In the history of humans certain quests and claims keep coming up.  The opportunity Durkin had for a manifesto (or the start of one) would be to propose that the boundaries across the styles we so often think are distinct are ultimately permeable.  The music you love may have more in common with the music you think you hate than you might first realize.  I thought I didn't and couldn't like any country in my teens and then I began to listen to country and learned that the boundaries between jazz and blues (which I did like) and country (which I thought I didn't like) were more permeable than I had imagined them to be. I read interviews with Bob Dylan where he said to not just listen to him but to listen to who inspired him and to listen to who inspired them. So I went back to Robert Johnson and went back to Ellington and Mahalia Jackson. Then I went back to Scott Joplin and learned he was familiar with Beethoven, Brahms and Bach. So I got into Beethoven, Brahms and Bach and learned they were respectively inspired by Haydn and Telemann and Schutz and Buxtehude.  I kept going further back and stopped around Leonin and Perotin and Ockeghem.  Also got around to music from China and Thailand and Japan along the way.

Durkin focuses on what he seems to think negatives to reification. There are, however, positives. The beauty of an age in which music is reified is that we have an opportunity to understand how permeable the boundaries across musical styles and forms are.  Where Durkin seems obsessed with the limitations of notational systems and certainties about whatever a "master" version is, that's all inconsequential to me.  Rather than lament reification what if we take it as a given and see what is possible in light of that reification.  One opportunity is to take a computational approach to the recurrence of riffs across multiple styles in different eras. There's no reason a person can't hybridize the invertible contrapuntal idiom of the 18th century with the blues vocabulary of American blues players.  To borrow a bit from Yoda, no, is not different, only different in your mind. If we're to have music beyond category we may not enjoy formal analysis at first but the beauty of formal analysis is that it can, despite its drudgery, lead us to discover how permeable the boundaries are between early Romantic 19th century guitar sonatas in Spain and ragtime in the early 20th century.
My friends complain about modern pop all the time. I wish I could evaluate it in aesthetic terms. But I feel like I can’t even hear it. It sounds like money to me. I hear the money that went into the production. I hear the money that went into the promotion. I hear the money that is being exchanged every time it is performed. I hear the money that is expected as a kind of birthright. Lord help me, I cant get past the money.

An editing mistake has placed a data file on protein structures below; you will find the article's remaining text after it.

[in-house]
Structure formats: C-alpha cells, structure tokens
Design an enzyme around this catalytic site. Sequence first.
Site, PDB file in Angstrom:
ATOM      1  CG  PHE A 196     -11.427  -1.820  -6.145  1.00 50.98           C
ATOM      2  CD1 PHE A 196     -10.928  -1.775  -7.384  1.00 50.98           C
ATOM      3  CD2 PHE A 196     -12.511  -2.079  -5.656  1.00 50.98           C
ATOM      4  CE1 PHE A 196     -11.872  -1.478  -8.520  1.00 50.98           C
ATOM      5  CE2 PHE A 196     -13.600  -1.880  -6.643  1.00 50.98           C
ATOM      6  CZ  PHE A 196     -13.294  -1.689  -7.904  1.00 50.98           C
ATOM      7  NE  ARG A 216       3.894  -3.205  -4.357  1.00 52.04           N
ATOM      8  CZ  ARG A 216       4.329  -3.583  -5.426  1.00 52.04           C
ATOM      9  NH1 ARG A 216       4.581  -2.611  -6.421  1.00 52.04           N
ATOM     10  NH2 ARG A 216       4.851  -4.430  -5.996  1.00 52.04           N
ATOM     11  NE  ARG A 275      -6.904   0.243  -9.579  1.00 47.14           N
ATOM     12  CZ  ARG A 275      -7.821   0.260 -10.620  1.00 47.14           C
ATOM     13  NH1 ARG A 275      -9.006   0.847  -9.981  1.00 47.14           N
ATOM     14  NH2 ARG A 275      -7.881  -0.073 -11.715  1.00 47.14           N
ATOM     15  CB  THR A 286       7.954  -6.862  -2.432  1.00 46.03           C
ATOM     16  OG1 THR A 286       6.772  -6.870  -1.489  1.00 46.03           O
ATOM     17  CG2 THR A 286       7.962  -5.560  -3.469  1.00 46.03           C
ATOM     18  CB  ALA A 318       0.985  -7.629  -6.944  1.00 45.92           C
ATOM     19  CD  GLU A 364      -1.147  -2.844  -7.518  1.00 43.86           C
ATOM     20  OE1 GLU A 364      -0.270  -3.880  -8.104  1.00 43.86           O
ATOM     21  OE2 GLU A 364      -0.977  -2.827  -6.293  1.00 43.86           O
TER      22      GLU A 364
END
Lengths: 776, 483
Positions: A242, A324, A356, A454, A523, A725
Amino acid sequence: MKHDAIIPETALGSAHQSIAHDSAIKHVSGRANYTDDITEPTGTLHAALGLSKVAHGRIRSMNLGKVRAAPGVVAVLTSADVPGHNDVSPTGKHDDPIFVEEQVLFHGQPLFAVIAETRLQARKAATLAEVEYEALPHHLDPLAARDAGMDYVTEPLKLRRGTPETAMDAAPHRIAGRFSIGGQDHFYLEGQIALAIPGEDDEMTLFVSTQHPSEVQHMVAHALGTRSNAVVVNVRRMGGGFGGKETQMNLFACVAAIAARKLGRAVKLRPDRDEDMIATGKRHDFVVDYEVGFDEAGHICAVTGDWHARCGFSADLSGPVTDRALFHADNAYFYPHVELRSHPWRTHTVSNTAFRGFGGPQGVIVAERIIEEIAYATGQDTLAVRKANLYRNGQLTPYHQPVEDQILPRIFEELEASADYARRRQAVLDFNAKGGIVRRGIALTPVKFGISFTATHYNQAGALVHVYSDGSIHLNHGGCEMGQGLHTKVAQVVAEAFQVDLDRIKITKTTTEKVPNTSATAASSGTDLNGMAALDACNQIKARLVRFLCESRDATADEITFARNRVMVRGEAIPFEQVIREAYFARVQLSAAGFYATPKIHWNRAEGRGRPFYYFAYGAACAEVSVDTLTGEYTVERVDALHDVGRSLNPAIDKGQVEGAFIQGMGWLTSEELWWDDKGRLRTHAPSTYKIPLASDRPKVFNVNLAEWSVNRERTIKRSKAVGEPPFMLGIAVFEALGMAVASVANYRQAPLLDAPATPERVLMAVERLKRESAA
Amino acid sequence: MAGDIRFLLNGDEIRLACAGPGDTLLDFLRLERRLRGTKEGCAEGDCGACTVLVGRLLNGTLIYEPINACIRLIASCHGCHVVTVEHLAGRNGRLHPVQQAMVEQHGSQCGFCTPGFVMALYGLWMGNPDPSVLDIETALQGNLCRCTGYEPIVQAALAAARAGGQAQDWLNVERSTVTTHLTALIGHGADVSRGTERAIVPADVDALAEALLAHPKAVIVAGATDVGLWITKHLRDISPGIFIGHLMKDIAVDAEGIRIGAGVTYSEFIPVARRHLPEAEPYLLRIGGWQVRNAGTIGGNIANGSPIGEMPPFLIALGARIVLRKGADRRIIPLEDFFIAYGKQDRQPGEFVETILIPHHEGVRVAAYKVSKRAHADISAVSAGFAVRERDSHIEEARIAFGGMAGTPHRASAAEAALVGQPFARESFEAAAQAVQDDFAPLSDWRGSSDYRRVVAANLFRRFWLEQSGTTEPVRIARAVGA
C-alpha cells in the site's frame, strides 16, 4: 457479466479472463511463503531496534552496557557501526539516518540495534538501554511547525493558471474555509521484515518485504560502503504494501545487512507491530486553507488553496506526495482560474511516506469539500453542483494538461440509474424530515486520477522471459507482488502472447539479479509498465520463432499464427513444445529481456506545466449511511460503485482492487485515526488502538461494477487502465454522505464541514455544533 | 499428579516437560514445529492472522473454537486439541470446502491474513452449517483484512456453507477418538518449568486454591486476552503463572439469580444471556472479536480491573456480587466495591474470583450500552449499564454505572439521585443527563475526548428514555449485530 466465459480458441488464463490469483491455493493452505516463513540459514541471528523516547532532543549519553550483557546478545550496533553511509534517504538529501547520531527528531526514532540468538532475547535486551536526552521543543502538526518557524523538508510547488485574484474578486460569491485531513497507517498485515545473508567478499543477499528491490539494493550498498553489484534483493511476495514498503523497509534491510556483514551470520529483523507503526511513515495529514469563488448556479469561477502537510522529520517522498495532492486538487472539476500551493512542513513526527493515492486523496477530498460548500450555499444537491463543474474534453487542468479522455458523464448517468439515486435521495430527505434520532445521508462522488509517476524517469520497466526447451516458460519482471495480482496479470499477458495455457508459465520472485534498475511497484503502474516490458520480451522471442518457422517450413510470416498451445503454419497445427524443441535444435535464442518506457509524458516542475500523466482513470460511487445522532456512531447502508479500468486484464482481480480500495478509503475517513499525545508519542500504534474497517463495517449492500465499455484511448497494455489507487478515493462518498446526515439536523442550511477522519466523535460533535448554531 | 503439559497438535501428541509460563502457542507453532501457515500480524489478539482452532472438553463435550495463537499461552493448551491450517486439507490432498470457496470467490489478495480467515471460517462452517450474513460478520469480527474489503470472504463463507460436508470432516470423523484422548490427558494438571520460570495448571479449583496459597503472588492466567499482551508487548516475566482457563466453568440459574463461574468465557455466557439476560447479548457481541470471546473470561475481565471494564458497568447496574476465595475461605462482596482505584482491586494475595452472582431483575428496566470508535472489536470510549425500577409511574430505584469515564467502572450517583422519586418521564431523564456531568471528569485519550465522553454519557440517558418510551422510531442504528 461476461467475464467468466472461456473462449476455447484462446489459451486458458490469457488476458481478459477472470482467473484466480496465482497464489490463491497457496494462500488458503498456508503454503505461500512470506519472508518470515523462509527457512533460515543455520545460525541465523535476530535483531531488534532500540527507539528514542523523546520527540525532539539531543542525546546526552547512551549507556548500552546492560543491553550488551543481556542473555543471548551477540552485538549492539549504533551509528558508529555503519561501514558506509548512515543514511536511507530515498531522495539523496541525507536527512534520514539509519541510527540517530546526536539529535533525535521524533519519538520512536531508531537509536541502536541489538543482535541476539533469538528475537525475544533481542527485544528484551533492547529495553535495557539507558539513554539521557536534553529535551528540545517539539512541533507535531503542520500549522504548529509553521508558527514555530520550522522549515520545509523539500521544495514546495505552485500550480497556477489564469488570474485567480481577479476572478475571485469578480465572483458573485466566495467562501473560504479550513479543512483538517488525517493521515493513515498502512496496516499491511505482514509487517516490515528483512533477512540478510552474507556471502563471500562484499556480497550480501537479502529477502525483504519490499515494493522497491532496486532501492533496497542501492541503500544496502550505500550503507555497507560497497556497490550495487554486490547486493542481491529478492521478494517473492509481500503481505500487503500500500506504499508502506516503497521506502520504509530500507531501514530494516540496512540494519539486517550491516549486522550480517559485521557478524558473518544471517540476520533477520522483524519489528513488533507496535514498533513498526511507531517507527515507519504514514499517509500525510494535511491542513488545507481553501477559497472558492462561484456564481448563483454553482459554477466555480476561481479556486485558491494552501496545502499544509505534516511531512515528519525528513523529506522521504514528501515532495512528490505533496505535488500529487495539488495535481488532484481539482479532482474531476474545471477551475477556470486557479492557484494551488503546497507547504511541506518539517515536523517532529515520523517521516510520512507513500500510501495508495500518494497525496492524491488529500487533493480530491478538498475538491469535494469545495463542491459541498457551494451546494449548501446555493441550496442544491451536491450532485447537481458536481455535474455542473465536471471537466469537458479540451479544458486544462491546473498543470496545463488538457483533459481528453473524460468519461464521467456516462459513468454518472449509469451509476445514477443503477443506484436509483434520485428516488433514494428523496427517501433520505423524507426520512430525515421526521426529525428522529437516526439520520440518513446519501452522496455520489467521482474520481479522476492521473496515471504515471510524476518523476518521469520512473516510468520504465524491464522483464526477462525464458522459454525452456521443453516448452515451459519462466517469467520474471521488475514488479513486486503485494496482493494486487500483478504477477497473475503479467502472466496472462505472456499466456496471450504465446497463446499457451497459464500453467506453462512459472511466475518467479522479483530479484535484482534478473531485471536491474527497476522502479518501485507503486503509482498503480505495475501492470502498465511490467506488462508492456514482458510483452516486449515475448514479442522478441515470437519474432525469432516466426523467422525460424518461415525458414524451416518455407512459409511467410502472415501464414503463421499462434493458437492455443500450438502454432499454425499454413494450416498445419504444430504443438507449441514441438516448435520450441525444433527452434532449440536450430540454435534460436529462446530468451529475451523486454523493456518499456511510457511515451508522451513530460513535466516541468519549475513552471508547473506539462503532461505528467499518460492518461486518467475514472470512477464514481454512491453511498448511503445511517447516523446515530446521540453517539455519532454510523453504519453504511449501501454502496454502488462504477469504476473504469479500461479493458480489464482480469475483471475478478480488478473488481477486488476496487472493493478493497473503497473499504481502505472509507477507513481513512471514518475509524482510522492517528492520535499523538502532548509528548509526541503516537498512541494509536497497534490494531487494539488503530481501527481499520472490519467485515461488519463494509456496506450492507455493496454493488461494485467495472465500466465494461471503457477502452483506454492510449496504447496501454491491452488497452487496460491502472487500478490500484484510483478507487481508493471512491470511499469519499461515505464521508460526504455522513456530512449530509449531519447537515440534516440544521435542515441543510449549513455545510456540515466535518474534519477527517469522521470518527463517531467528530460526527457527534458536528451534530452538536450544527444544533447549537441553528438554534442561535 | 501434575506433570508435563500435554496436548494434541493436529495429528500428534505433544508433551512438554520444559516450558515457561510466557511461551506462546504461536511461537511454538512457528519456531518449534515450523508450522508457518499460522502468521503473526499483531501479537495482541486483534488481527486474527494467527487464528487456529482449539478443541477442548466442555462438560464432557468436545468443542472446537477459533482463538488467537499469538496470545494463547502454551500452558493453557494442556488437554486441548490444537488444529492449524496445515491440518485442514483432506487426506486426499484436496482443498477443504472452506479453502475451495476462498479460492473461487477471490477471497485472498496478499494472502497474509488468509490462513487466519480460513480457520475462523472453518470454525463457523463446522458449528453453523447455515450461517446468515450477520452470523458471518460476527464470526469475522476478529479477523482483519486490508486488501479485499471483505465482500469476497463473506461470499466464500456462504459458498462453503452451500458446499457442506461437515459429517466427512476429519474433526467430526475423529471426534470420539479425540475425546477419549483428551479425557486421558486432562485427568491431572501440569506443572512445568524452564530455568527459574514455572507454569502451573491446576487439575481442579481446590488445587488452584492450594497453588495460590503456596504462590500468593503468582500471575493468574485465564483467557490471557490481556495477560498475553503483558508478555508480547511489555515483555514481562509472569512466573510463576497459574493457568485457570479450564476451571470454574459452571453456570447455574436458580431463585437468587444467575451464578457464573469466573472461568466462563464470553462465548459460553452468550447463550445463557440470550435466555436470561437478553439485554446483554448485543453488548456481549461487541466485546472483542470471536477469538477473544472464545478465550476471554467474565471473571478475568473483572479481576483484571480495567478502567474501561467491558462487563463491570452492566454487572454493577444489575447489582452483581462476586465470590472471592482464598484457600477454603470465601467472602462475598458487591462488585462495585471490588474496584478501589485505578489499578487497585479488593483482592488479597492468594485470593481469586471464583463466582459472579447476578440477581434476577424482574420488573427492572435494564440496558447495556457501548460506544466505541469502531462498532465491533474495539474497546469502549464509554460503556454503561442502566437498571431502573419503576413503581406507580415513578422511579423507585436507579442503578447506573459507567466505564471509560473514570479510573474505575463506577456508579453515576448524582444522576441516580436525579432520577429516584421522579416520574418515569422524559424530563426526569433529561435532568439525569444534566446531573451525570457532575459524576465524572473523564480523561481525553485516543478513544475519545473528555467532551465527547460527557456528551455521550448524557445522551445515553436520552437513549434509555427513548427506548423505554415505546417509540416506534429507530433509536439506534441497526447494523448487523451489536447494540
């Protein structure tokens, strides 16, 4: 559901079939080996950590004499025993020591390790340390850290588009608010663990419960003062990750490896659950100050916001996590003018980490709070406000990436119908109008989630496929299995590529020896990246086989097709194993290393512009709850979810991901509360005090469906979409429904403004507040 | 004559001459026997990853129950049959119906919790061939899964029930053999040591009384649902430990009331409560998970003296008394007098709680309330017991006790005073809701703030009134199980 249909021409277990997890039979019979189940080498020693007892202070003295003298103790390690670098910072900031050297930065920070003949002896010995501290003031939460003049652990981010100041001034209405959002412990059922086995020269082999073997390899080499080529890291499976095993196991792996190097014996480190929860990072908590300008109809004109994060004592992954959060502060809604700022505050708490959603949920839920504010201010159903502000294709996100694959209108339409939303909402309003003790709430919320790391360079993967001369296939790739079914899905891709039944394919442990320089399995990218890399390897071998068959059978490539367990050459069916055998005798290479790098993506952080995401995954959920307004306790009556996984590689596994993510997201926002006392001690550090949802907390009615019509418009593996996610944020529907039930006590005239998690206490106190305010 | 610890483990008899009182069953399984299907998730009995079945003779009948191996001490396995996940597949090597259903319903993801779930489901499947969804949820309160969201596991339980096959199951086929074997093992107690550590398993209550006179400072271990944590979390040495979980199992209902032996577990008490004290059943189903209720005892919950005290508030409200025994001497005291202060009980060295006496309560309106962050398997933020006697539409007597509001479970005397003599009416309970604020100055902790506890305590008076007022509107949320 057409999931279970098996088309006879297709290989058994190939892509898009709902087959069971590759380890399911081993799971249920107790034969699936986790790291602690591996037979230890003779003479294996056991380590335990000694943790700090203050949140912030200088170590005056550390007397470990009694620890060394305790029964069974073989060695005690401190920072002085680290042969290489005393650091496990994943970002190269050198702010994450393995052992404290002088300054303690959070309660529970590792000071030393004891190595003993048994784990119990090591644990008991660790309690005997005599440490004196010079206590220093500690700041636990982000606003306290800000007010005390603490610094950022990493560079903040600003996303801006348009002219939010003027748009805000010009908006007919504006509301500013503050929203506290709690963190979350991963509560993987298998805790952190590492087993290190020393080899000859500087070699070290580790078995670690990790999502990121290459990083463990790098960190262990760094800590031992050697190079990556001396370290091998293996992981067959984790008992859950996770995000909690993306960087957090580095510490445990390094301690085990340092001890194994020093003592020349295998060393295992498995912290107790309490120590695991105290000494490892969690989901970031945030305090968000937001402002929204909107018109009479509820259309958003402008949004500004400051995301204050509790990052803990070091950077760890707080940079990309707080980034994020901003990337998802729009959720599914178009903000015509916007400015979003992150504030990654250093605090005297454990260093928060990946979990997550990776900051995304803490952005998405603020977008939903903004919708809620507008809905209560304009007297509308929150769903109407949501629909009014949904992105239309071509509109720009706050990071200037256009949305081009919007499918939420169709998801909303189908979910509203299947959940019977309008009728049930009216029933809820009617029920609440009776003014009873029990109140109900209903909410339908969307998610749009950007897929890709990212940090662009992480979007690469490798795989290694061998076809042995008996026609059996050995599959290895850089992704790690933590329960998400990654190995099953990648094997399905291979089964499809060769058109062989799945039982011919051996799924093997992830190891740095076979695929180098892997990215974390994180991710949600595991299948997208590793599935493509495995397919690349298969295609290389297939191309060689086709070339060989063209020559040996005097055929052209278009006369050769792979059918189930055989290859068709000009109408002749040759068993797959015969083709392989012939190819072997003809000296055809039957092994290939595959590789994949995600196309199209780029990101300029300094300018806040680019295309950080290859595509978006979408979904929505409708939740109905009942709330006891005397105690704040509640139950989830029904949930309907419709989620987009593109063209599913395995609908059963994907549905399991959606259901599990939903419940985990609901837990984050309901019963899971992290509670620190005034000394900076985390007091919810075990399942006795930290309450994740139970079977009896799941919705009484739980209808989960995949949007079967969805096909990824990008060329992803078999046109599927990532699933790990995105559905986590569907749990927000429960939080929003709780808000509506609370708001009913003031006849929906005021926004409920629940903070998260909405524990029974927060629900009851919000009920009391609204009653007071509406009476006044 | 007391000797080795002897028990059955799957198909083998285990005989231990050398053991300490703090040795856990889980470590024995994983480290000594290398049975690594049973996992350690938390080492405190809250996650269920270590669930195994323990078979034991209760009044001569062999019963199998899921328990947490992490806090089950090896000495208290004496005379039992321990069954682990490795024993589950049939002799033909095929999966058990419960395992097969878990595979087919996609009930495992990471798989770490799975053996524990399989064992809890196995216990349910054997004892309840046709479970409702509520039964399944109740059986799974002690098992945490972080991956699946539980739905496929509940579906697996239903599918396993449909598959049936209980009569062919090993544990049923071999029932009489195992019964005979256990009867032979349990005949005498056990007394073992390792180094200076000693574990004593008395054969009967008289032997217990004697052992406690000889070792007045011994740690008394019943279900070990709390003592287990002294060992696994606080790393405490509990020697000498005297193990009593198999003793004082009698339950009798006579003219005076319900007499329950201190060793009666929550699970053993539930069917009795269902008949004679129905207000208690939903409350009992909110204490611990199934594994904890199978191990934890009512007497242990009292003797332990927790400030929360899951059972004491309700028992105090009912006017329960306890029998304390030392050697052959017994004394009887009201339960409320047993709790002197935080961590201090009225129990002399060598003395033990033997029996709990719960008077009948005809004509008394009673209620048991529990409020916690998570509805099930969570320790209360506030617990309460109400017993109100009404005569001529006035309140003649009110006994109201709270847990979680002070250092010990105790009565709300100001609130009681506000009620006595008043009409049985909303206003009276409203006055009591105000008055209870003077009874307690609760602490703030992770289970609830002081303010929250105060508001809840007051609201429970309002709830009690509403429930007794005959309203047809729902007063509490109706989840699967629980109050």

I dislike contemporary Christian music because when I hear it I feel like I'm looking at a grainy black and white photocopy of a postage stamp reproduction of a Thomas Kinkaid painting.  But if Durkin's going to take his critique of authorship and authenticity seriously he'd have to say that there's no argument that this is inauthentic music or that it's bad based on any question of authorship.  Dismantling the ideologies of authenticity and authorship should have led Durkin to a point where he should be able to celebrate at least some modern pop music regardless of the money issue.

It's not enough to question the viability of "authenticity" and "authorship" as ways of praising the music we love, it's far more important to dismantle them as categories through which we vent about music we hate.  It's when Durkin complains that he can't hear modern pop music as music that he reveals maybe he can't even completely commit to the ideals he has tried to formulate in his own manifesto.  And if he can't go that distance himself, should the rest of us bother to follow?

on riffs that keep returning, the mutation of a Pentecost hymn over the centuries

J. S. Bach fans already know this (probably) but one of the fascinating things about the Baroque era was how isometric rhythm changed the assymetrical phrase into the symmetrical phrase; the odd rhythm into an even; and the modal chant into a major or minor melody. 

What's interesting about the fugue from the C major violin sonata is it's "church" fugue.  The subject for the fugue has, as Bach scholars can tell ya for free online, derived from a 15th century Lutheran hymn for Pentecost.

What's also interesting about that melodic contour is that as, er, Pentecostal tunes go there's a case to be made that the Lutheran hymn has a melodic profile that is an outworking of the old 9th century Gregorian chant Veni Creator Spiritus.

There are differences, of course, but that tune that starts by oscillating around what today would sound like the fifth of a chord is still there (not that there were major or minor keys in the 9th or 15th century, tonality as we've come to think of it would emerge for centuries).